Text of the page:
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Lab at U of L doing FDA research to uncover killer compounds in vaping

A University of Louisville lab trying to unlock the mystery of what’s in e-cigarettes that’s killing people.

Behind a locked door, U of L professor of medicine Daniel Conklin leads a team of researchers examining popular vaping brands. “We’re testing JUUL mango, JUUL menthol and JUUL Virginia tobacco,” he explains.

Those products are a haunting memory for Elaine Robinson. “I was hanging outside my bedroom window gasping for air.” She blames vaping for putting her in the hospital and causing her to depend on oxygen tanks to breathe.

“I just kept saying over and over, ‘please don’t let me die. Please don’t let me die,'” Robinson said. “The vaping is killing people, and I almost died.”

Now, Conklin and his team are trying to figure out the killer component in in e-cigarettes. “Many of these flavors have been approved for ingestion in foods everyone knows these things cinnamon, vanilla it’s fine,” he says. “But they’ve never been tested for toxicity when heated, so there’s a big concern that we’re putting things in our lungs that we don’t know what they’re going to do.”

The study is animal-based, using hundreds of mice. U of L officials would not let us see them in the trial, though Conklin explained the process that uses a high-tech delivery system. “What we have here is a cigarette smoking robot. It will then puff using these pumps and deliver a smoke to the chamber.”

The mice are in the chamber. From four second puff creates a plum of smoke that lasts about 30 seconds. There’s a puff every 30 seconds for 9 minutes and the cycle repeats over the course of six hours.

Conklin’s team is six years into a 10-year, $35 million grant funded mostly by the Food and Drug Administration. And he says they’ve found the most common elements in e-cigarettes. Two of them, propylene glycol and vegetable glycerin, can produce a toxic chemical. “Formaldehyde, acetaldehyde and one very toxic compound, acrolein — when they’re heating these things that are normally benign, they start to volatilize.”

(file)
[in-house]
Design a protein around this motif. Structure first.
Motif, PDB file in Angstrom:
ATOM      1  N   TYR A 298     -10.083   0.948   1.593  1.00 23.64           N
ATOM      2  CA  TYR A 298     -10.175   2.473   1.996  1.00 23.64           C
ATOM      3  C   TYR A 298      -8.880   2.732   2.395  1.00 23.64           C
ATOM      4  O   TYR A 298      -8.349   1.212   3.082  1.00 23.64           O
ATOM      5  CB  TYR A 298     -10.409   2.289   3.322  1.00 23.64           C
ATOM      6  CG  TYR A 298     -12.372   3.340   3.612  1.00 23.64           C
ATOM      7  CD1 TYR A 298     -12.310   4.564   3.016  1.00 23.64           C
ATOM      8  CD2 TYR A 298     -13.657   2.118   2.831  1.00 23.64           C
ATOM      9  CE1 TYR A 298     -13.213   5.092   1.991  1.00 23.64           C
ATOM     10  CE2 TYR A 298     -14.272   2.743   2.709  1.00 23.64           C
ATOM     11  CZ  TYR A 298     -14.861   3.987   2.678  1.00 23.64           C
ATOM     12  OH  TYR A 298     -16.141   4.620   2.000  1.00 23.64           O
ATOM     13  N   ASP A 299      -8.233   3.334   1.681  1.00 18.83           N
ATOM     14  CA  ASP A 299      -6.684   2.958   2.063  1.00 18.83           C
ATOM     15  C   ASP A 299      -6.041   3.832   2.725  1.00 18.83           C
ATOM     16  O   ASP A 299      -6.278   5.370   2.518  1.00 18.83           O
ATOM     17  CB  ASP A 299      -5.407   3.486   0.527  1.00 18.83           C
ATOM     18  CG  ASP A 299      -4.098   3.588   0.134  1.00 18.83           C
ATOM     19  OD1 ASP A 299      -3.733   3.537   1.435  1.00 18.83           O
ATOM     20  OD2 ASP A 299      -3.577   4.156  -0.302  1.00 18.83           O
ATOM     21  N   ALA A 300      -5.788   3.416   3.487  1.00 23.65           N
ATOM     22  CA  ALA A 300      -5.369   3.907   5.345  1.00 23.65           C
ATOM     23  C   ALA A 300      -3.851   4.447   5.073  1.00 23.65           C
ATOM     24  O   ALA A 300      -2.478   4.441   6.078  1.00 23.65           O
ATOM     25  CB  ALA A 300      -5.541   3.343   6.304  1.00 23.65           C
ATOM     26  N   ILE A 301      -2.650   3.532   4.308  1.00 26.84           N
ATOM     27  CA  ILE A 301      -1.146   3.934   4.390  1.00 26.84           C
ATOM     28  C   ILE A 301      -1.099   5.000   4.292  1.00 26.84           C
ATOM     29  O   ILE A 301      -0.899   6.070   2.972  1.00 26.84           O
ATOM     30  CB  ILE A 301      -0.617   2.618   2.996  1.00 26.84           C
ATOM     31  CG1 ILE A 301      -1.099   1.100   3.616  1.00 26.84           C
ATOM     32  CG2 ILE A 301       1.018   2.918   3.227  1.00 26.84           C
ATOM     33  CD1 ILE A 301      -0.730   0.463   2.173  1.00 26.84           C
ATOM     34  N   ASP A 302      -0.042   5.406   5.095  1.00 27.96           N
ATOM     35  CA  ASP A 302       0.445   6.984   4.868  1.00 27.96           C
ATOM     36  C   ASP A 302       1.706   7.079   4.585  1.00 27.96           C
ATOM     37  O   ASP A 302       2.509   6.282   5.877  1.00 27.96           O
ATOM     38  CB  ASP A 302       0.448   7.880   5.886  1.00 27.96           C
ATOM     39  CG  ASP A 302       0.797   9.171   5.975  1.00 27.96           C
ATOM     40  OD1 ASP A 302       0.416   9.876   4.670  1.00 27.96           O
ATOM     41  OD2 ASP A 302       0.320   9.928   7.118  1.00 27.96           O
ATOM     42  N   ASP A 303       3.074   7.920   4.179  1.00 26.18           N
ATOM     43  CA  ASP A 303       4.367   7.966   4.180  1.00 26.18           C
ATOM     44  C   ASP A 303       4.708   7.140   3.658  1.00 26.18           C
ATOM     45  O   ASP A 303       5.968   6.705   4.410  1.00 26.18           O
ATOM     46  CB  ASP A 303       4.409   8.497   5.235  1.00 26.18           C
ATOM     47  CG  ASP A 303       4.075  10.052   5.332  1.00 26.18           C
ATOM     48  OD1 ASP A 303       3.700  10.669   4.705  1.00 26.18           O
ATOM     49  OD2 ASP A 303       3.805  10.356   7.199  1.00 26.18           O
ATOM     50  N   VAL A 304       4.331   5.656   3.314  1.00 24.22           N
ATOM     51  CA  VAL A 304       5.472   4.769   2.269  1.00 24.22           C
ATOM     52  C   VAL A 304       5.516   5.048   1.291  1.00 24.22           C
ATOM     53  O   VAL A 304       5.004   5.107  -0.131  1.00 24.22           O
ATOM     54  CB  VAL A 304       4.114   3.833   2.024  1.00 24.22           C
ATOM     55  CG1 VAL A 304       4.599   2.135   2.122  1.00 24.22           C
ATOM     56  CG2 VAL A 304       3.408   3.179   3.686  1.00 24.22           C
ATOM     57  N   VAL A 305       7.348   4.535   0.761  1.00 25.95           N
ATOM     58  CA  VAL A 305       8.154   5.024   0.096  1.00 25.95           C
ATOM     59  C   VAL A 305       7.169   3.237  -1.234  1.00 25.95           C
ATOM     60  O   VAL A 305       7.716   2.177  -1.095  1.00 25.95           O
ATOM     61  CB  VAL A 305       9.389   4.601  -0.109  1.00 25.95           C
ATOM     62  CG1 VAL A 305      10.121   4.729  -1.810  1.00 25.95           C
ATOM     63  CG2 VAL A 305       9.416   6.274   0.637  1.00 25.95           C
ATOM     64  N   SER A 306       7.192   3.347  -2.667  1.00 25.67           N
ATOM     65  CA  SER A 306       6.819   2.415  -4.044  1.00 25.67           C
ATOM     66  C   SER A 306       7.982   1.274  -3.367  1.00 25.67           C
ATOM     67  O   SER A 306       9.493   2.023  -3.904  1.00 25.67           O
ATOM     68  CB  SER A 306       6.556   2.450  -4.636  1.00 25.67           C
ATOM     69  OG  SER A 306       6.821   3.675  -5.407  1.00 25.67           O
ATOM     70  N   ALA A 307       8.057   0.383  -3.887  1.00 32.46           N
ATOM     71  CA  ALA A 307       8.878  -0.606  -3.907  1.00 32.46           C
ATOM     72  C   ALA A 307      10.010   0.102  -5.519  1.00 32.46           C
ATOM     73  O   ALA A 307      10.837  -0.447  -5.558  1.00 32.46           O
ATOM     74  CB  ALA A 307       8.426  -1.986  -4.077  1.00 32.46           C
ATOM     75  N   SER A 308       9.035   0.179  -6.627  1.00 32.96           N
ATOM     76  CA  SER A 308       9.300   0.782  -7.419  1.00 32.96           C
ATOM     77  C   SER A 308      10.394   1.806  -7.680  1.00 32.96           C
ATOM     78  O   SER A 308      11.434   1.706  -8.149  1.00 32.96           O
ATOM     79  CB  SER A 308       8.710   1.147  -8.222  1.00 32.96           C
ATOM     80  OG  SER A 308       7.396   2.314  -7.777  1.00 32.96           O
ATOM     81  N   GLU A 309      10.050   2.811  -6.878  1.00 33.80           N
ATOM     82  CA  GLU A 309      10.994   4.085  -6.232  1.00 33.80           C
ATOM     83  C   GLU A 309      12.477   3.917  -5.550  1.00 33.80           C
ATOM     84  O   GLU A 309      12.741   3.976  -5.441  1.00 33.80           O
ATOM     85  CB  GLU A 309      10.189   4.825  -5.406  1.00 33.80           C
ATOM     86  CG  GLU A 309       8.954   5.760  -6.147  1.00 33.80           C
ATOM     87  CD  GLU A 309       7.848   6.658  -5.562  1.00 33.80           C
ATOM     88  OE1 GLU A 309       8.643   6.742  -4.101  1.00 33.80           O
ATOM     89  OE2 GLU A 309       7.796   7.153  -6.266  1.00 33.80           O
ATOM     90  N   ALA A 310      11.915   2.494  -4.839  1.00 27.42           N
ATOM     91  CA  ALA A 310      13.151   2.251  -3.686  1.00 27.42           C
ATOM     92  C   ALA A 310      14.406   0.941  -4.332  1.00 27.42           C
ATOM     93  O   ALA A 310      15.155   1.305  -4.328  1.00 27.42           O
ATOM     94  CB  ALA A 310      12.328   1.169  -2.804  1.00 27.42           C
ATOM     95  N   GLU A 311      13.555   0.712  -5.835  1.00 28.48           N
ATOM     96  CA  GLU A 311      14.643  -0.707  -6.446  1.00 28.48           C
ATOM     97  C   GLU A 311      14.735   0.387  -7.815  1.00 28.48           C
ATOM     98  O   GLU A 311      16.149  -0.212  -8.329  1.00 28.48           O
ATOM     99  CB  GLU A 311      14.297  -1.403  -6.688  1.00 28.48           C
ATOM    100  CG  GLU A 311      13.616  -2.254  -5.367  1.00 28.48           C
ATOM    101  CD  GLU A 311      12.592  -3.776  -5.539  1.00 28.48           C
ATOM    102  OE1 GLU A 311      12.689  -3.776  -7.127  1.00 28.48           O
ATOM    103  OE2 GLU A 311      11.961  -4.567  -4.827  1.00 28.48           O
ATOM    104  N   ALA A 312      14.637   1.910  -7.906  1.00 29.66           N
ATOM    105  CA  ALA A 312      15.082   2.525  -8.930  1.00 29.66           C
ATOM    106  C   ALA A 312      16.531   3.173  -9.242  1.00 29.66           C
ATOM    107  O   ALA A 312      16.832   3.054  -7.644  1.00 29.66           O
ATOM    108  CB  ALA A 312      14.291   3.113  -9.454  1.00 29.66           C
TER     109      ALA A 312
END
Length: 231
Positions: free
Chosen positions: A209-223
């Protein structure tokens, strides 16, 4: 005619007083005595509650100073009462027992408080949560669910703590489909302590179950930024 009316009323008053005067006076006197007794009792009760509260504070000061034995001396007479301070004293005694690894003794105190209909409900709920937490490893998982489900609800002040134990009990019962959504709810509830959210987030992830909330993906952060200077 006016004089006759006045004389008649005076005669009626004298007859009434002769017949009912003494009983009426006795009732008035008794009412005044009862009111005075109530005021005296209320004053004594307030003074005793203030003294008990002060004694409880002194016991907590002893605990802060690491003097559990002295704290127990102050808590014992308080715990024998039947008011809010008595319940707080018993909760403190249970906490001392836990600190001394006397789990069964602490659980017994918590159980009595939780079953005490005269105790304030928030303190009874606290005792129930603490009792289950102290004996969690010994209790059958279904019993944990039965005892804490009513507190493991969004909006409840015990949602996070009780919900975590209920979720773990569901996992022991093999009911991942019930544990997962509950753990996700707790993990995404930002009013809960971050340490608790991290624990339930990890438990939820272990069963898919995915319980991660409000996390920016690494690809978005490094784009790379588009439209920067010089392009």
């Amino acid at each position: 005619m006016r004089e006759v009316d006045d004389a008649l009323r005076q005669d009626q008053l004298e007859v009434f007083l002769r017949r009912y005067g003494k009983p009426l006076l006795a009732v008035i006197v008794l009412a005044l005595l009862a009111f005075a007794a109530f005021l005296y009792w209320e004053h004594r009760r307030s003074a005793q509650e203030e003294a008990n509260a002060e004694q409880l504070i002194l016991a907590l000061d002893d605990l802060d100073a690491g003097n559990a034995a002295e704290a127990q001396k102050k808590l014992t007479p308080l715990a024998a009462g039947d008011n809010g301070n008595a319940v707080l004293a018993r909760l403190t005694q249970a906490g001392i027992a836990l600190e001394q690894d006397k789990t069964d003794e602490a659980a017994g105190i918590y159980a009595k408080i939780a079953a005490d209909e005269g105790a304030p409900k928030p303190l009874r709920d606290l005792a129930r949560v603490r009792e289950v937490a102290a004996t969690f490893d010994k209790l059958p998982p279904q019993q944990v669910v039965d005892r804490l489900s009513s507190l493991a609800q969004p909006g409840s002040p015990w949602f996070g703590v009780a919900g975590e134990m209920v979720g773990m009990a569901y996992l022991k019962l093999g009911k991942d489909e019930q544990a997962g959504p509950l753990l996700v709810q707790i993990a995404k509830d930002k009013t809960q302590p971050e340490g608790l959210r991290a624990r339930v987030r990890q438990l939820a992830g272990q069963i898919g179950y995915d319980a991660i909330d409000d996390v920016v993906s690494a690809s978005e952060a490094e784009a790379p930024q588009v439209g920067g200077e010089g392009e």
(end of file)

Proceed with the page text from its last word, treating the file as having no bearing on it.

Dr. Rachel Keith is heading up the human end of the e-cigarette study at U of L. “We can look at how vaping is different from people who have never used or how vaping is different for people who use more traditional products.”

She says just like in mice, people who vape tend to have blood vessel dysfunction. “We know the heart and lung are interconnected, and that connection and the blood vessels are the highway. So it’s all tied to together and there are pieces of that puzzle that we need to understand.”

The problem with the research is that science can’t keep up with e-cigarettes. Last month, a ban on flavored vape products took effect, as use skyrockets among teens. But a loophole allowed disposable cartridges with the same impact onto store shelves.

“So research jumped to JUUL, when we saw that’s where adolescents were going, but now were all studying JUUL but the market has changed again already,” Keith says.

As science continues searching for solutions, the Centers for Disease Control and Prevention says 2,800 people have been hospitalized due to e-cigarettes in all 50 states.

Robinson shares her story as a cautionary tale.

“This is so dangerous. So freaking dangerous,” robinson said. “Please stop.”

Gil Corsey/WDRB